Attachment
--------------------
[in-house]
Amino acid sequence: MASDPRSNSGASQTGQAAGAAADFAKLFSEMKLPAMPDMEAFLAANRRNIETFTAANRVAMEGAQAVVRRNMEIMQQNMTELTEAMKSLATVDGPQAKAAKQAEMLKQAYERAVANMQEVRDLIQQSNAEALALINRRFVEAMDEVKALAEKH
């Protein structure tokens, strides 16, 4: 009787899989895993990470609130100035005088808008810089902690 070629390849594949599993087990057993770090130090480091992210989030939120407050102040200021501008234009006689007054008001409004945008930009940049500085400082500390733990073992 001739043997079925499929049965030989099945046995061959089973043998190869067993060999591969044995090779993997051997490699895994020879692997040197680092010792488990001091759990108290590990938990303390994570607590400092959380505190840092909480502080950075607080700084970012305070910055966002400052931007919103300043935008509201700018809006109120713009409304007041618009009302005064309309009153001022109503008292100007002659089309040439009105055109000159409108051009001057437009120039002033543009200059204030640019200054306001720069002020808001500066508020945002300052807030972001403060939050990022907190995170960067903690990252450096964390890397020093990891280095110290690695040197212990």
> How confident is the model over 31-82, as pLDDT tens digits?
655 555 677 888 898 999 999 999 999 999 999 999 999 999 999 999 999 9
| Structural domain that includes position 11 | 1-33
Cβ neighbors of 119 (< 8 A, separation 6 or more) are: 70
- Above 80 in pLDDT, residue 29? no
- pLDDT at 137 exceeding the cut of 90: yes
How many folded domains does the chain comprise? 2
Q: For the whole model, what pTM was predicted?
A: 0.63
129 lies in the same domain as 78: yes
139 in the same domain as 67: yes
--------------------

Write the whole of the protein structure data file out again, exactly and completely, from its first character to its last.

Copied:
[in-house]
Amino acid sequence: MASDPRSNSGASQTGQAAGAAADFAKLFSEMKLPAMPDMEAFLAANRRNIETFTAANRVAMEGAQAVVRRNMEIMQQNMTELTEAMKSLATVDGPQAKAAKQAEMLKQAYERAVANMQEVRDLIQQSNAEALALINRRFVEAMDEVKALAEKH
């Protein structure tokens, strides 16, 4: 009787899989895993990470609130100035005088808008810089902690 070629390849594949599993087990057993770090130090480091992210989030939120407050102040200021501008234009006689007054008001409004945008930009940049500085400082500390733990073992 001739043997079925499929049965030989099945046995061959089973043998190869067993060999591969044995090779993997051997490699895994020879692997040197680092010792488990001091759990108290590990938990303390994570607590400092959380505190840092909480502080950075607080700084970012305070910055966002400052931007919103300043935008509201700018809006109120713009409304007041618009009302005064309309009153001022109503008292100007002659089309040439009105055109000159409108051009001057437009120039002033543009200059204030640019200054306001720069002020808001500066508020945002300052807030972001403060939050990022907190995170960067903690990252450096964390890397020093990891280095110290690695040197212990």
> How confident is the model over 31-82, as pLDDT tens digits?
655 555 677 888 898 999 999 999 999 999 999 999 999 999 999 999 999 9
| Structural domain that includes position 11 | 1-33
Cβ neighbors of 119 (< 8 A, separation 6 or more) are: 70
- Above 80 in pLDDT, residue 29? no
- pLDDT at 137 exceeding the cut of 90: yes
How many folded domains does the chain comprise? 2
Q: For the whole model, what pTM was predicted?
A: 0.63
129 lies in the same domain as 78: yes
139 in the same domain as 67: yes